Director: Dexter Fletcher
Writer: Lee Hall
Cast: Taron Egerton, Jamie Bell, Richard Madden, Bryce Dallas Howard, Gemma Jones, Steven Mackintosh, Tom Bennett, Matthew Illesley, Kit Connor, Tate Donovan, Ophelia Lovibond, Harriet Walter, Stephen Graham
Seen on: 11.6.2019
Content Note: (critical treatment of) homomisia
Elton John (Taron Egerton) has reached a low point. Now he is in a rehab facility, trying to get better. Part of that is trying to piece together how he got to where he is now. So he reflects on his childhood as Reggie with his parents (Bryce Dallas Howard, Steven Mackintosh) and his grandmother (Gemma Jones), how he discovered music for himself and with his cooperation with Bernie (Jamie Bell), and how he meets producer John (Richard Madden). Especially his complicated relationship with John that makes Elton come to grips with his homosexuality, but also causes him a lot of pain.
Rocketman is not the best film you will ever see, but it is a really good one, with a great lead and awesome music.
I guess you can’t go much wrong with Elton John’s biggest hits as one of the driving forces of the films. That dude really has some bangers, and they use them wisely in the film. And Taron Egerton really is the perfect casting choice. I really can’t imagine that anybody else could have done a better job and look more like Elton John himself than him. Really fantastic.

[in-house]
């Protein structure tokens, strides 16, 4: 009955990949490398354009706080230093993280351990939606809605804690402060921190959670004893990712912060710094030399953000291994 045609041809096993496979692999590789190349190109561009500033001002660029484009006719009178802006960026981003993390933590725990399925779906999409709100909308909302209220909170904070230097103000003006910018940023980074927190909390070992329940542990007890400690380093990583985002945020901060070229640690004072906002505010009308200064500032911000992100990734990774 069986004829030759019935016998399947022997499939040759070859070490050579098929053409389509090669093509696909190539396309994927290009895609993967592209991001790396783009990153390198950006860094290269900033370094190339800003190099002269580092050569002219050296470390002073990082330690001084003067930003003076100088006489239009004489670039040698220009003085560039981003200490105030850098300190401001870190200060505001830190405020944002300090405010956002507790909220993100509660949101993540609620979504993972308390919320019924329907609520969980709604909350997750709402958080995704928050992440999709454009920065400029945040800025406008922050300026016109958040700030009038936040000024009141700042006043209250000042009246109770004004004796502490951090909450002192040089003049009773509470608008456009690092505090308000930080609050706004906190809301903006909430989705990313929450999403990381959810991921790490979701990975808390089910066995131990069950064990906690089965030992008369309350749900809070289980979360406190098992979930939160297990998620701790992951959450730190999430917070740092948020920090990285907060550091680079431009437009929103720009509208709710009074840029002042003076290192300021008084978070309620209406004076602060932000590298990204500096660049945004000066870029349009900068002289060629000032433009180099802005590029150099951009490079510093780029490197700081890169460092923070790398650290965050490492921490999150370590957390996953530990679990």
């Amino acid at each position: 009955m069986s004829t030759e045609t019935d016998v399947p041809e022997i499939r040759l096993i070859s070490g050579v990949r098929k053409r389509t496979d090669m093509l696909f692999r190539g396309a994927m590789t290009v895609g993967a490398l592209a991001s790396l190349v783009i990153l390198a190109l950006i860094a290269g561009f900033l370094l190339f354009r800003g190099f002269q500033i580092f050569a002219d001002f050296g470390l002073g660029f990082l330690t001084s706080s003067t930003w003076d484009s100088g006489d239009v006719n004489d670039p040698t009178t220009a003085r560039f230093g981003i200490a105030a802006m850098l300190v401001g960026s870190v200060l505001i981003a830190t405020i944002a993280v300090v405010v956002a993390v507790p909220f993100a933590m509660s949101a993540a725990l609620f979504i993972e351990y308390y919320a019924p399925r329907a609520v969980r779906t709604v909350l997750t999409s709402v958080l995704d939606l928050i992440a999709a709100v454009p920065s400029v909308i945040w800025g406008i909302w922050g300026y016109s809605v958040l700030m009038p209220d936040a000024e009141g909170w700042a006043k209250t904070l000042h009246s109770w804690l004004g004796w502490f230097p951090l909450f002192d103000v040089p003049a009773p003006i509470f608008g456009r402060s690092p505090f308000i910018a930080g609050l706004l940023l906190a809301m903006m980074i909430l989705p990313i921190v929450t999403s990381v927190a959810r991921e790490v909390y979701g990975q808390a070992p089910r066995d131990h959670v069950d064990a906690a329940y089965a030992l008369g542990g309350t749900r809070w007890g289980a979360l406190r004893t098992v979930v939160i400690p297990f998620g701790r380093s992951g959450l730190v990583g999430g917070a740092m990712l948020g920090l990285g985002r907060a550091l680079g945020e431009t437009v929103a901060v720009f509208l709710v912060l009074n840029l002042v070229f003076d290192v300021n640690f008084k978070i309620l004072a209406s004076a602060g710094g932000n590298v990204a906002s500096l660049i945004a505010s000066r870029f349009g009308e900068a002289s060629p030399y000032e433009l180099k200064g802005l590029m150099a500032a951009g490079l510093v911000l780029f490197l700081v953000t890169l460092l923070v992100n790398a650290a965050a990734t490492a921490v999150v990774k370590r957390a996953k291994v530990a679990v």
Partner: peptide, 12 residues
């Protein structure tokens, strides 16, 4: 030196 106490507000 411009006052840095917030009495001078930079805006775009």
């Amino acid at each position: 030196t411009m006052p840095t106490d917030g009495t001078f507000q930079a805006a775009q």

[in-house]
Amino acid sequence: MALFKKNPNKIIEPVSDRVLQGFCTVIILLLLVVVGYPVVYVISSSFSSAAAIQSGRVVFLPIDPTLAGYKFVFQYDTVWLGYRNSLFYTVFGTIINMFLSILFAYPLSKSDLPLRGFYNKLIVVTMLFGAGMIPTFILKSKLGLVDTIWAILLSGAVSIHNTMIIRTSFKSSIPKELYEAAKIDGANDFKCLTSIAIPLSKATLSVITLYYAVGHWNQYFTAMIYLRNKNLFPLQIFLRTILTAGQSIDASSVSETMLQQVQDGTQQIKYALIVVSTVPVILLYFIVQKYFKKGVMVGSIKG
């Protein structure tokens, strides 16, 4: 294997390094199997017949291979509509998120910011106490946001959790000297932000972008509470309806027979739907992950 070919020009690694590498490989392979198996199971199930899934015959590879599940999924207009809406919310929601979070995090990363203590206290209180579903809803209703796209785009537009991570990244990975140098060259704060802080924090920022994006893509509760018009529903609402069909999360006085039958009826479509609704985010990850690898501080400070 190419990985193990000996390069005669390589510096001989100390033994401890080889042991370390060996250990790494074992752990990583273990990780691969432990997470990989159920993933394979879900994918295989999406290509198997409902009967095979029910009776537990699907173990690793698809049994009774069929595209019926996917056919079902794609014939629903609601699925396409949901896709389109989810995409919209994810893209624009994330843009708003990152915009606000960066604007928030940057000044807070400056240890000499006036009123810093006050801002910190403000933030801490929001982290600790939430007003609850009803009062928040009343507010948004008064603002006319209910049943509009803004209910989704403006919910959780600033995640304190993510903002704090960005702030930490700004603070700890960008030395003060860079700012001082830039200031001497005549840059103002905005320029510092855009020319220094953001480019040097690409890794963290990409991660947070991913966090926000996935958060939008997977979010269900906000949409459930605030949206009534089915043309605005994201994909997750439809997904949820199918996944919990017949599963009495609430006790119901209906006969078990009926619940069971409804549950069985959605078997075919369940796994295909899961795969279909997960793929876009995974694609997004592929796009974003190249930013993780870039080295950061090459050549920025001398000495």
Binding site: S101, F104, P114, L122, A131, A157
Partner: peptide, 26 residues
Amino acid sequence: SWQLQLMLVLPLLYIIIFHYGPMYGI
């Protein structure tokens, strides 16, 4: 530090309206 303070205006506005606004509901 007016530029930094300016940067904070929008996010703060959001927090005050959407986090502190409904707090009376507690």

The only thing that maybe outshines botht he music and Egerton are the (stage) costumes. They are simply perfect. In fact, as the photo comparison shows at the end of the film, they are both utterly faithful to the originals and an improvement of them.
That being said, the movie does run a tad too long and at the same time, it oversimplifies a bit. They have one version of Elton John that is absolutely coherent and they are sticking to that. And we all know that people just aren’t without their contradictions, so there could have been a bit more complexity.
Where the film does show complexity is in its portrayal of homomisia, though, and the many shapes it can come in (when Elton’s mother obliterates him with her casual disdain, I broke right along with him). At the same time, the film also allows for good relationships and I especially liked his relationship with Bernie – that was so well captured and utterly real.
The film ends on a high note without really forcing an ending on a story that just isn’t over. That is an art in and of itself and rounds off a wonderfully entertaining film.
Summarizing: really good.